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Now the LORD said to Samuel, “How long will you mourn for Saul, seeing I have rejected him from reigning over Israel?  Fill your horn with oil, and go; I am sending you to Jesse the Bethlehemite.  For I have provided Myself a king among his sons.”  (1 Samuel 16:1)

In the view of God Saul is no longer king and a new king is to be anointed over Israel, David the son of Jesse.  The normal pattern was to anoint a king after his death, but the LORD is starting to plow in the life of David.  The Plow does not operate by man’s standard operating procedure and David’s life before he is recognized as king over Israel was a life lived after The Plow.

The First example of The Plow in the life of David is the story of his anointing as king at the hand of Samuel in 1 Samuel 16:5-13.  In that culture the oldest son was privileged and had the opportunity to become a leader and when Samuel looked at the oldest he bought into the way of man, “So it was, when they (the older brothers of David) came, that he looked at Eliab and said, ‘Surely the LORD’s anointed is before him (1 Samuel 16:6).’”  But God does His work in people by The Plow so God’s response to Samuel was, “But the LORD said to Samuel, ‘Do not look at his appearance or at his physical stature, because I have refused him.  For the LORD does not see as a man sees, for man looks at the outward appearance, but the LORD looks at the heart (1 Samuel 16:7).’”  David, the youngest was so low on the family list that he was not invited to the feast!  He is out tending the sheep.  Samuel inquires and young David is brought before him and he is anointed the King of Israel.  The Plow was working in the youngest, not the oldest as custom would initiate.

It is noted in Scripture that David was in the field tending the sheep for the family (1 Samuel 16:11, 19; and 17:15 and 20).  This is very significant.  In that culture tending sheep was low on the social scale of as any job.  Of course the youngest would be stuck tending the sheep.  But once again we see The Plow cares not about social status, it looks after the heart.  The heart that calls for The Plow will be answered no matter what one is doing vocationally.  The Plow follows the heart prepared to receive the pain The Plow brings as the normal life is plowed under and the extraordinary life begins.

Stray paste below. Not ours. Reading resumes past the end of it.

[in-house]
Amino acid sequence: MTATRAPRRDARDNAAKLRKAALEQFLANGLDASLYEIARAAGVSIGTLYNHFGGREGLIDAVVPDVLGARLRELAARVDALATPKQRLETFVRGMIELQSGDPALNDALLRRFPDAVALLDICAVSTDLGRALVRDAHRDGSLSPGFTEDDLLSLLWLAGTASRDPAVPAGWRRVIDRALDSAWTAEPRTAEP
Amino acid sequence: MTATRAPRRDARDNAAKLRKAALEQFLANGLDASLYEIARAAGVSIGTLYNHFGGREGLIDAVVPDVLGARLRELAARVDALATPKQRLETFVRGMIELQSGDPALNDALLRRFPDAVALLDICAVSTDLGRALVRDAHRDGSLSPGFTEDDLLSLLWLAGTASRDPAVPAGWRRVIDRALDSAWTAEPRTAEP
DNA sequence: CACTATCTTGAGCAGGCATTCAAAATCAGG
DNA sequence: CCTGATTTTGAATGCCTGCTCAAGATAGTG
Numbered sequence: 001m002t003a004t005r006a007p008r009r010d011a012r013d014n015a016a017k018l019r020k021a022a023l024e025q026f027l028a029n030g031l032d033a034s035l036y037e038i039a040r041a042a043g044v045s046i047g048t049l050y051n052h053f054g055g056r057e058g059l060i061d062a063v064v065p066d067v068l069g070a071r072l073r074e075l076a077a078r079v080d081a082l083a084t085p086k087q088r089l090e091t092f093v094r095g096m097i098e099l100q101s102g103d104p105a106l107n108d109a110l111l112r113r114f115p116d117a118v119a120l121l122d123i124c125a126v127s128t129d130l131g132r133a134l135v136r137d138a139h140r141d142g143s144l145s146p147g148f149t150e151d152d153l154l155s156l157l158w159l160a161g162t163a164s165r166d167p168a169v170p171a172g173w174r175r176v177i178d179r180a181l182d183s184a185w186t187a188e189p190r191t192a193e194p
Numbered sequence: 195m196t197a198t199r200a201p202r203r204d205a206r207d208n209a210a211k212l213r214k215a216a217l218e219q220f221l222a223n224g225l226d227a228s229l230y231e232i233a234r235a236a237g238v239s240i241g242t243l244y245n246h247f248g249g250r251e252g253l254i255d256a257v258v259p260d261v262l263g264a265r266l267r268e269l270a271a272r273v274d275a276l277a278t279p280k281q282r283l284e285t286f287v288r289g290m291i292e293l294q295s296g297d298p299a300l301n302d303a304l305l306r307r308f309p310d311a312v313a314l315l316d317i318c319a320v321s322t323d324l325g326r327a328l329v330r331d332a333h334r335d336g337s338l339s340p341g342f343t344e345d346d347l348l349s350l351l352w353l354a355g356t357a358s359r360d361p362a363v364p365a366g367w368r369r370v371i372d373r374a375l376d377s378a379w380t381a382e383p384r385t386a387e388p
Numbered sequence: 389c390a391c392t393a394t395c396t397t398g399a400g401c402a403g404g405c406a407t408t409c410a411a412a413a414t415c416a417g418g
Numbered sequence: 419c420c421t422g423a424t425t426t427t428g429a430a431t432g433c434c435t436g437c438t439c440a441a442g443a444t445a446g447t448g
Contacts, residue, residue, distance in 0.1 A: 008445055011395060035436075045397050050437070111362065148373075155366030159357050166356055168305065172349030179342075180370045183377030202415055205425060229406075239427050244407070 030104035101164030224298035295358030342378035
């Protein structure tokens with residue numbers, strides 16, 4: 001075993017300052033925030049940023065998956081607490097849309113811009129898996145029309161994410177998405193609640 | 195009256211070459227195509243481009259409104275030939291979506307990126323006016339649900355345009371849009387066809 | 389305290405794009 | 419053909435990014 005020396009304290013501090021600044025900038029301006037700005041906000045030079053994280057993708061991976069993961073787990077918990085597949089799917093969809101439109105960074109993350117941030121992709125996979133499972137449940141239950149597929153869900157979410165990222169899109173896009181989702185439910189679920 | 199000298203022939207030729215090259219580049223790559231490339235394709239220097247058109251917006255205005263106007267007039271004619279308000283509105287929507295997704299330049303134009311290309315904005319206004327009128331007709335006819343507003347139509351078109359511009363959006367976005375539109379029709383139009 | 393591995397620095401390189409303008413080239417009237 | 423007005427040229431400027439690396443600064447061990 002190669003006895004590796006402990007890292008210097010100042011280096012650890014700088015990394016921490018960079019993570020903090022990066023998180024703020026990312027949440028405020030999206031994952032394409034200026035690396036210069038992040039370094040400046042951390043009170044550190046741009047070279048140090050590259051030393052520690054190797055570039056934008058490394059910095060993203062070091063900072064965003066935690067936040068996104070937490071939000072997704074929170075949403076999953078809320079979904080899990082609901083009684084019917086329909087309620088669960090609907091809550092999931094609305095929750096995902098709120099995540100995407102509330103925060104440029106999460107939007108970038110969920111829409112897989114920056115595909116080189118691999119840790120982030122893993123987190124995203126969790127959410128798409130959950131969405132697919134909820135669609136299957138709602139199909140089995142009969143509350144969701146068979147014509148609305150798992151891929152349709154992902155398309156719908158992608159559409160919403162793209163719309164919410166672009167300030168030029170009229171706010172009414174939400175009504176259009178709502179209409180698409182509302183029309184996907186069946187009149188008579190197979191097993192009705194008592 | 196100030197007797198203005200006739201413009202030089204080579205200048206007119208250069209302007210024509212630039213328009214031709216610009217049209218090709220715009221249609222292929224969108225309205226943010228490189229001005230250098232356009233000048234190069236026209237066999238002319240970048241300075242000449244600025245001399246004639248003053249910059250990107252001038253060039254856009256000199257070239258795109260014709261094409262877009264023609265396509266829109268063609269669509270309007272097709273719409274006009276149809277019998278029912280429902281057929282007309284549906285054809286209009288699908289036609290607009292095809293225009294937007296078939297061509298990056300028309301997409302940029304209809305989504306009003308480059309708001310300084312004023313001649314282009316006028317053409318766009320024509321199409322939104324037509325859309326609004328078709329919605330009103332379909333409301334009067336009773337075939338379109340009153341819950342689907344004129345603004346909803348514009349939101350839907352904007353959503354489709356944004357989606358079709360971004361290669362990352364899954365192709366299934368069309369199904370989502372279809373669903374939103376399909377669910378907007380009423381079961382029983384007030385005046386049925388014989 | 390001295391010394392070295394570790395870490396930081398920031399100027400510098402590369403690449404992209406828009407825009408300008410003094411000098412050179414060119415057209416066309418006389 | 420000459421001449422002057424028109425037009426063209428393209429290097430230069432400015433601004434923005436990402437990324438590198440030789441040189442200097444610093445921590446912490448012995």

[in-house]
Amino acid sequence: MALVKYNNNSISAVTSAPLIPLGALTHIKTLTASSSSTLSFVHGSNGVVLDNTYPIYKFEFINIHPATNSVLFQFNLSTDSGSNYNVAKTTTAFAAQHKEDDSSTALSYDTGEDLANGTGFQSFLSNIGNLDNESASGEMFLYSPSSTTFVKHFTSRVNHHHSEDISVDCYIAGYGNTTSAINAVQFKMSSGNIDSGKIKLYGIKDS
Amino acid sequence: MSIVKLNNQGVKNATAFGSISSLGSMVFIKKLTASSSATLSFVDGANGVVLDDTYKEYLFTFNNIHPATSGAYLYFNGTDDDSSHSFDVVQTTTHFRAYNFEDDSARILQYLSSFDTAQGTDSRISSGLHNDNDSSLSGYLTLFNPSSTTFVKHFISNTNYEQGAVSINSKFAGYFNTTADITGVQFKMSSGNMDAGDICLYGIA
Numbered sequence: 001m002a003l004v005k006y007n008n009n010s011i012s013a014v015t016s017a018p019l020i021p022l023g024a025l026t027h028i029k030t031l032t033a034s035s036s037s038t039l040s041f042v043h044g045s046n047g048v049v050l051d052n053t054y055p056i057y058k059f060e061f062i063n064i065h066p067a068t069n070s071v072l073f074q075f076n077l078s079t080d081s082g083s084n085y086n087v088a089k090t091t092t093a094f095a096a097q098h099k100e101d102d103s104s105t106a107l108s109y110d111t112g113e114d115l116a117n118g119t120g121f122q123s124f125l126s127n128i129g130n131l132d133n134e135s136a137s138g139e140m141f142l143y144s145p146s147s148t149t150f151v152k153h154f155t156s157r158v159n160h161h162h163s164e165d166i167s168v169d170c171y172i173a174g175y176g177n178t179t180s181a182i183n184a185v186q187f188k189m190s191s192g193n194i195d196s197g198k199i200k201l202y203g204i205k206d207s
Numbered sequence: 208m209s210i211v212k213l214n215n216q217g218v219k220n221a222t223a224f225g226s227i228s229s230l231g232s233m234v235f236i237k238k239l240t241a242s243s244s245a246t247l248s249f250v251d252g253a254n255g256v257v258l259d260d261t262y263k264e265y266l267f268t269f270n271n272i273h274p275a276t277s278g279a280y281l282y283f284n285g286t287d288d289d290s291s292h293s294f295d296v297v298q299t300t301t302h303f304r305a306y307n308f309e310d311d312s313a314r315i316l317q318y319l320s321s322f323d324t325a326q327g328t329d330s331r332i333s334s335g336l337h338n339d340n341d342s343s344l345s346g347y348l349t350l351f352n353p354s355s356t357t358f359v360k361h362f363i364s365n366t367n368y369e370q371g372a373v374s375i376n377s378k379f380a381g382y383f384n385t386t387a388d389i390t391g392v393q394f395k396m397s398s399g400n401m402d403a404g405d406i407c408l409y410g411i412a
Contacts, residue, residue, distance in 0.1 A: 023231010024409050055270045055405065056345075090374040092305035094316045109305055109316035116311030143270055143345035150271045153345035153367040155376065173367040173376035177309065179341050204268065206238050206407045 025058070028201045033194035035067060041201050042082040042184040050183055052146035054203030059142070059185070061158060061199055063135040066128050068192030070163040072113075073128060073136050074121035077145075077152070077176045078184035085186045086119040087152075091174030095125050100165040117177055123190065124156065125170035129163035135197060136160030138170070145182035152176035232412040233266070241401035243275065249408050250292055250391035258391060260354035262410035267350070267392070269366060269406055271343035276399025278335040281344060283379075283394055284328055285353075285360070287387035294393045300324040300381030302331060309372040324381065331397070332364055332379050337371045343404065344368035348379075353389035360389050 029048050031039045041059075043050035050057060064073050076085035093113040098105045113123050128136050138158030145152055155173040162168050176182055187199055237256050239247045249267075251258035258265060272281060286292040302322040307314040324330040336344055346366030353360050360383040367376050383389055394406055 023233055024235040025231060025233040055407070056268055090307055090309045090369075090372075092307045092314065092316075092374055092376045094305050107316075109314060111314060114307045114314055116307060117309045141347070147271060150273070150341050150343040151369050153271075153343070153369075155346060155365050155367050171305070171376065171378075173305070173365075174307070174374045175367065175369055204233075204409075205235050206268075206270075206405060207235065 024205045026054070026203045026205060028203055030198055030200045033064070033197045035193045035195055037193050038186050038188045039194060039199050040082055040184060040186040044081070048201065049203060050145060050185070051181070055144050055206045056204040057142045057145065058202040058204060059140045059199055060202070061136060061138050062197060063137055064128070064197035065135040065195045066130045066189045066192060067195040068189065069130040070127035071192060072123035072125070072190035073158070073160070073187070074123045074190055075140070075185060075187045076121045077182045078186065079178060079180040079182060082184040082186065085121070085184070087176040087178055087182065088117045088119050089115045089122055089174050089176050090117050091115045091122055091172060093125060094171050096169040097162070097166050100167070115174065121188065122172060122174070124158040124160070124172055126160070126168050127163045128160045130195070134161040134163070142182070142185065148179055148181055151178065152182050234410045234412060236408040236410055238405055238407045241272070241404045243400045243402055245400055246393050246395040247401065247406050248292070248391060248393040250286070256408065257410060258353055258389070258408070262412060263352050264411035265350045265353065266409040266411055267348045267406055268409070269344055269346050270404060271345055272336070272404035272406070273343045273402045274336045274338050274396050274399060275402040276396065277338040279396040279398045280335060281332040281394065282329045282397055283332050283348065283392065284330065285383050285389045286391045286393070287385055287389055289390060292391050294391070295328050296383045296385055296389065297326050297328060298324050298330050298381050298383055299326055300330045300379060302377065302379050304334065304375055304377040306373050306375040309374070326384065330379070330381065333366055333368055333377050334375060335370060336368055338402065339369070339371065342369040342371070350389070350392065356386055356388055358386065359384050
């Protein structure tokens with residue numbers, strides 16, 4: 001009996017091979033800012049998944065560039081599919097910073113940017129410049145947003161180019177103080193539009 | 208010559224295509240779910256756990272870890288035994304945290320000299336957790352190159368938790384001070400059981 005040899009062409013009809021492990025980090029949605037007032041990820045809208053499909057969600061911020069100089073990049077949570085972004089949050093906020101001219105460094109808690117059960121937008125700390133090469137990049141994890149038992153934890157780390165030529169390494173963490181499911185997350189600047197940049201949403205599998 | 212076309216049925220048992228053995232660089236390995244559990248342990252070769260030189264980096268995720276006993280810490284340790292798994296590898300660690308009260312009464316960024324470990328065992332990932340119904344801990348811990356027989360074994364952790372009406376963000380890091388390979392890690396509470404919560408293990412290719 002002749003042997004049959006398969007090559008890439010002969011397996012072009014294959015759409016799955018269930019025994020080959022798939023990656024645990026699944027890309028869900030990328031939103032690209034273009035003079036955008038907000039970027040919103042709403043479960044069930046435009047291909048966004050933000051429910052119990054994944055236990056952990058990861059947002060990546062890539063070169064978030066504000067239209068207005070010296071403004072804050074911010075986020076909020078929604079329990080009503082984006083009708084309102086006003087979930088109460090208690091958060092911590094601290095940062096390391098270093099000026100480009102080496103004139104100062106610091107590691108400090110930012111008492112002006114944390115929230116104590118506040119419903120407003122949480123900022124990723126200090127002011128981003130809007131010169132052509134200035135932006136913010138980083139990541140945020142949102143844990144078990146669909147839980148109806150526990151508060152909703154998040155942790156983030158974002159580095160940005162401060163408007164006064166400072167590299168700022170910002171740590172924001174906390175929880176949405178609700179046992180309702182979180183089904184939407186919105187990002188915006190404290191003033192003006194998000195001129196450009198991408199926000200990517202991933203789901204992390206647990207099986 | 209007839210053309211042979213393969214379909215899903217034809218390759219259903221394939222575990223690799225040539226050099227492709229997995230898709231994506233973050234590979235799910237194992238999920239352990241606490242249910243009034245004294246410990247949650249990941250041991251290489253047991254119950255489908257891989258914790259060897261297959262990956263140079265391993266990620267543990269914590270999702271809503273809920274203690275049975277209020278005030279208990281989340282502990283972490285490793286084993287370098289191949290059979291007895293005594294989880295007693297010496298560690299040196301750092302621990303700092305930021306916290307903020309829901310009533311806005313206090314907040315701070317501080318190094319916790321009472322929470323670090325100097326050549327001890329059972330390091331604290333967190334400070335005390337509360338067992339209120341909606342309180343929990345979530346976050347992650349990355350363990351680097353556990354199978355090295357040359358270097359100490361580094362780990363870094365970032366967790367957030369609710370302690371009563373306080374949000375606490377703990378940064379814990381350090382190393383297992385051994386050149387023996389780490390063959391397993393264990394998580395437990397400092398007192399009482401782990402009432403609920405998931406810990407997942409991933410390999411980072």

Though David was the true king of Israel he continually served his predecessor faithfully (1 Samuel 18:1 – 19:9).  The principle of The Plow is still at work.  In normal circumstances David would have been placed in power by military coup or assassination, but The Plow does not operate by normal means, but by the hand of God.  David was being prepared for leadership and he will learn some tough lessons as he experiences the pain of The Plow.  The Scripture records the great success David had as a military leader of Israel under Saul (1 Samuel 18:5, 14, and 30).  The people were pleased and adored David, but this made the king jealous.  Certainly now David would be made king by the people, surely this was his time to cease the throne already given to him by God.  But this way too was not of The Plow.

David is then driven to a life on the run from the hand of Saul who desperately wants David killed and out of the picture for the position of king (1 Samuel 19 through the death of Saul in 1 Samuel 31:5).  This time was painful for David, the rightful king living as a hunted fugitive.  Pain follows The Plow as the old adage states, “no pain, no gain.”  Surely a man destined to be king would surround himself with quality people, but The Plow had another way in mind, “And everyone who was in distress, everyone who was in debt, and everyone who was discontented gathered to him.  So he became captain over them.  And there were about four hundred men with him (1 Samuel 22:2).”  The Plow does not play by man’s rules.

The record shows two instances in which David had the opportunity to kill Saul and to ascend to the throne which was rightfully his own (1 Samuel 24 and 26).  In both instances David’s men believed the hand of the LORD set up the circumstances to make David king.  David knew better because he was a man of character, a man who followed The Plow.  David was waiting for God’s timing and would not raise a hand to harm Saul, the anointed of God (1 Samuel 24:6 and 10; and 26:9, 11, and 23).

By the time that King Saul died The Plow had accomplished its goal.  The field of David’s life was plowed under and he was made a king prepared for greatness.  The kings that followed in the line of David over the Southern kingdom of Judah will be compared to David.  Most of the kings will be failures, with a few who were said of doing right as David had done.